It was in the days of Diocletian and his persecution of Christian's that Lucia carried food and drink to Christians hiding in dark underground tunnels. In order To light her way she wore a wreath of candles on her head.
Lucia's father was long dead and her ailing widowed mother planned to marry the beautiful young Lucia to a pagan bachelor. Lucia however had no interest in marriage and spurned the suggestion of marriage and told her mother she had no want of worldly goods and she had vowed to remain a virgin in the tradition of St. Agatha, at whose tomb she regularly prayed for help and for three years she managed to keep the marriage on hold. Lucy prayed long at the tomb of St Agatha.
Miraculously her mother's long hemorrhagic illness was cured and to show her gratitude to her devout daughter the grateful mother was ready to exceed to Lucia's wish to give herself to prayer and poverty and commit her life to god.
The young pagan suitor, Paschasius, was less understanding and was so angry that he denounced her as a Christian to the Roman authorities.
In keeping with the Emperor Diocletian's edict to eradicate Christianity the Roman governor sentenced her to be taken to a brothel and forced into prostitution.
The Romans were thwarted in their efforts after divine intervention as Lucia became rooted to the spot and was thus immovable and the Romans could not carry her away even when they hitched her to a team of oxen.
Not to be diverted after they tortured her and tore her eyes out the Romans next condemned her to death by fire, she was surrounded by bundles of wood which were set on fire but after another divine intervention she proved impervious to the flames.
In the end a roman soldier pierced her neck with a sword and she died.
Miraculously her eyes and eyesight were restored before her death! St. Lucia is the patron saint of the blind.
The celebrations of St. Lucia's day are wonderful!
When Christianity reached Scandinavia St Lucia dethroned a pagan Norse goddess (Freya) to become the most revered female figure.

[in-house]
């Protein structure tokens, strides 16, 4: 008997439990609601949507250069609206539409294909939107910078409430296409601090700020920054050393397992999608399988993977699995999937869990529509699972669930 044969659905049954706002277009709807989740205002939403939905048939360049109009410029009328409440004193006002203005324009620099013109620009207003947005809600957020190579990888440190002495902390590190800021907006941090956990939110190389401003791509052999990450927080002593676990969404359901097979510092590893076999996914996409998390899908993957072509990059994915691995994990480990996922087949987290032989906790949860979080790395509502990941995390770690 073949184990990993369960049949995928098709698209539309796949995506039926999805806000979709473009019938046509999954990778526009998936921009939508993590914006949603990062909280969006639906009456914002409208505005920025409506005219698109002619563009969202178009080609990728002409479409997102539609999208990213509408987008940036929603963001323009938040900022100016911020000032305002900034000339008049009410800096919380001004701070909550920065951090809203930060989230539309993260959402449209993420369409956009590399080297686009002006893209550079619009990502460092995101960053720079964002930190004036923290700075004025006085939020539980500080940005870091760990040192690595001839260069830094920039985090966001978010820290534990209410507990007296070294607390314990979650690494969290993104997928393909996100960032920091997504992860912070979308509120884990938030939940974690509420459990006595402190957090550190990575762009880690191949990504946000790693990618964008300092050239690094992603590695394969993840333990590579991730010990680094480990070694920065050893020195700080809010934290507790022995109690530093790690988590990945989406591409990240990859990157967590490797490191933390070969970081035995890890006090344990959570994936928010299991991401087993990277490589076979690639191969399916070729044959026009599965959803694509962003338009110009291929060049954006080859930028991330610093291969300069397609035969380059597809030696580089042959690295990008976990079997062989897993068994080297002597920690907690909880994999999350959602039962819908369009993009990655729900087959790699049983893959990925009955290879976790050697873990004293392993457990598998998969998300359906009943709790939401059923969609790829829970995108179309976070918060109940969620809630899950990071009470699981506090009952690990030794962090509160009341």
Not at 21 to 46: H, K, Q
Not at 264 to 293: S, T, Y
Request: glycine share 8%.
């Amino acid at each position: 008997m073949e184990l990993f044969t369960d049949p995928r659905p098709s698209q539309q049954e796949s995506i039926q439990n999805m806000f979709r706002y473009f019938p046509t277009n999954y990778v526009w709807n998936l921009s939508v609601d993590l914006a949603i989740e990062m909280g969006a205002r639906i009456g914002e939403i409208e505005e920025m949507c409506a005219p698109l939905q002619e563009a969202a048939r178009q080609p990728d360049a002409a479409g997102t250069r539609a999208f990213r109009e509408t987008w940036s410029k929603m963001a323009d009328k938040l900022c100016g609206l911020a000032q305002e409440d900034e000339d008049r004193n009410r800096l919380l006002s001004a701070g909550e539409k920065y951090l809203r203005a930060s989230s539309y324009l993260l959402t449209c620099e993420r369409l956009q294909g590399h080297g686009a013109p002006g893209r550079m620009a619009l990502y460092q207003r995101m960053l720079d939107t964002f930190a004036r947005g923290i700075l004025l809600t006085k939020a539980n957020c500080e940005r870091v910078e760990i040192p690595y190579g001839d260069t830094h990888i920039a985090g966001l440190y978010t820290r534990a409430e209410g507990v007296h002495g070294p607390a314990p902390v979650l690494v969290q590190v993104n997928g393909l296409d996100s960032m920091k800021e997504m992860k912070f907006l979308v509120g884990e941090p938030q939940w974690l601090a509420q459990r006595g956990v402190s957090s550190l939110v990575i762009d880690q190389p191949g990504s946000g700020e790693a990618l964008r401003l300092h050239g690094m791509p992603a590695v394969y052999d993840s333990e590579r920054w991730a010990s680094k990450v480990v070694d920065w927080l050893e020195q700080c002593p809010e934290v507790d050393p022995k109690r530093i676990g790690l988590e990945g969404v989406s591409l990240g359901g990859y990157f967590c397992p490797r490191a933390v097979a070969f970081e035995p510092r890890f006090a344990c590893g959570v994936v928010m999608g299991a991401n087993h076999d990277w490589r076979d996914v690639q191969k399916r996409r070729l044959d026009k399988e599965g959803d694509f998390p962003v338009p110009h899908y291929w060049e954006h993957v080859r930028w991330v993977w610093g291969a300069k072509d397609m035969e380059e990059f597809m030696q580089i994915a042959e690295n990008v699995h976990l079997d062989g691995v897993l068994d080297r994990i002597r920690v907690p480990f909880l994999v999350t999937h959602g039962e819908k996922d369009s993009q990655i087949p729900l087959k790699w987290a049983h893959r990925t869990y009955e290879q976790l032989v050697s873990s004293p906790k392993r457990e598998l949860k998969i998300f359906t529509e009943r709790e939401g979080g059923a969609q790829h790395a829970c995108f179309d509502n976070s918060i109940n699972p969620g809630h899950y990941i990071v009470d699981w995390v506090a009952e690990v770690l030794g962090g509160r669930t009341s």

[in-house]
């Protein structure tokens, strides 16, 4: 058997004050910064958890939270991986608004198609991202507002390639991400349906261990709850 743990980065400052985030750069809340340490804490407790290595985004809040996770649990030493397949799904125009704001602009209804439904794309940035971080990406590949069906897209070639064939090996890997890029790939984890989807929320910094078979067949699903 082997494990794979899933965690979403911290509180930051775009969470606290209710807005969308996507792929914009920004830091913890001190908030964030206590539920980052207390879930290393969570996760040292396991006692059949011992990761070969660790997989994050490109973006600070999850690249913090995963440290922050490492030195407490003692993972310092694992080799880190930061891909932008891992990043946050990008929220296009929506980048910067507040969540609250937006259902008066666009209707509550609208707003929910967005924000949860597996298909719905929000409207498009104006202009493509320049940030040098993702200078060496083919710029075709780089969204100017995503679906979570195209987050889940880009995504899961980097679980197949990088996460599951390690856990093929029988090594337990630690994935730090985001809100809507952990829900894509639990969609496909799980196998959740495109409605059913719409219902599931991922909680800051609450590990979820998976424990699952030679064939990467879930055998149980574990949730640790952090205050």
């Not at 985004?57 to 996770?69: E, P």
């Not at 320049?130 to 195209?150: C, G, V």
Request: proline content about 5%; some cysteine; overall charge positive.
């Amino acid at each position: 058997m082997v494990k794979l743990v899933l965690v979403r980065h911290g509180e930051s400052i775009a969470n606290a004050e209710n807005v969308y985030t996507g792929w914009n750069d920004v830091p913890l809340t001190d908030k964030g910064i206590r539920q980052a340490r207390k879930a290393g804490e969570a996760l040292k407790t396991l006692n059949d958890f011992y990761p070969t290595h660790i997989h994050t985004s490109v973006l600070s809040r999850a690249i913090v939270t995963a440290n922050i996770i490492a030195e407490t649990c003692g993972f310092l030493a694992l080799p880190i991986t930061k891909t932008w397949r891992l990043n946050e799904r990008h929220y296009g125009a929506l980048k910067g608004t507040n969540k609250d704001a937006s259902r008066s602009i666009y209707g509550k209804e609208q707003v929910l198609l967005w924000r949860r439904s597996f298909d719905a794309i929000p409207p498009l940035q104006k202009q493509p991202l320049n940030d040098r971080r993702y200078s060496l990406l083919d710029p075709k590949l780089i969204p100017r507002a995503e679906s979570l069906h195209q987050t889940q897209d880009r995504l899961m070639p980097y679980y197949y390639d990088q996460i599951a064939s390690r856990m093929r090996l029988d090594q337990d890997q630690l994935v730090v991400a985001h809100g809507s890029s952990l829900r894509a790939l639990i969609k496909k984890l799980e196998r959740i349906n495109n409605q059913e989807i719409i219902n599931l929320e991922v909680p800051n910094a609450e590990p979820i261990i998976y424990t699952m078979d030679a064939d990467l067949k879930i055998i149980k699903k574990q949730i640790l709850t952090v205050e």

It is ironic that St Lucia of Syracuse revered St. Agatha so and prayed often at her tomb
as there were many parallels in their lives.
THE VIRGIN MARTYR
St Lucia was a virgin martyr and one of the most illustrious figures in the Christian world. Her relics are preserved in Venice.
This what Father Z has to tell us about St. Lucy in his post, St. Lucy and Advent Ember Week.
13 December was the darkest day of the old Julian calendar. Thus, today in the Gregorian calendar is the feast of St. Lucy, whose name from the Latin for “light”, reminds us who dwell in the still darkening northern hemisphere that our days will soon be getting longer again.
Lucy will usually be depicted in art with a lantern or with her own eyes on a platter. Some accounts have Lucy slain by having her throat thrust through with sword. Other accounts say that to protect her virginity she disfigured herself by cutting her own eyes out and sending them to her suitor, a plot likely to discourage him. St. Lucy is therefore the patroness of sight.
St. Lucy shows up fairly often in Dante’s great Divine Comedy. She is first in the Inferno. It is Lucy who asked Beatrice to help Dante. In Purgatory the eagle that bears Dante upward in a dream is actually Lucy who is bearing him to the gate of Purgatory. Eagles, of course, are “eagle-eyed” and see very well. In the Paradiso she is placed directly across from Adam in the Heaven of the Rose. She can gaze directly at God. It seems that St. Lucy was something of a patroness for Dante and that he was devoted to her because, as we glean from various works, he may have had a problem not just with his eyes but also struggling with sins of the eyes.
This week we also have Ember Days, which in Advent come after the Feast of St. Lucy. Ember Wednesday will be the Missa aurea.
The Mass of Ember Wednesday is known as the “Missa Aurea,” or Golden Mass, because on this day the Church celebrates the “golden mystery” of the Faith: Mary’s “fiat” at the Annunciation brought about the Incarnation of the Second Person of the Trinity in her womb. Throughout the ages, this Mass has been celebrated with great solemnity. In the Middle Ages, the great St. Bernard of Clairvaux preached his homilies on the Gospel of the day which begins with the words “Missus est.” If it is at all possible, we should teach our children to observe this solemnity, first of all by participating as a family and parochial group at the solemn Mass of the day.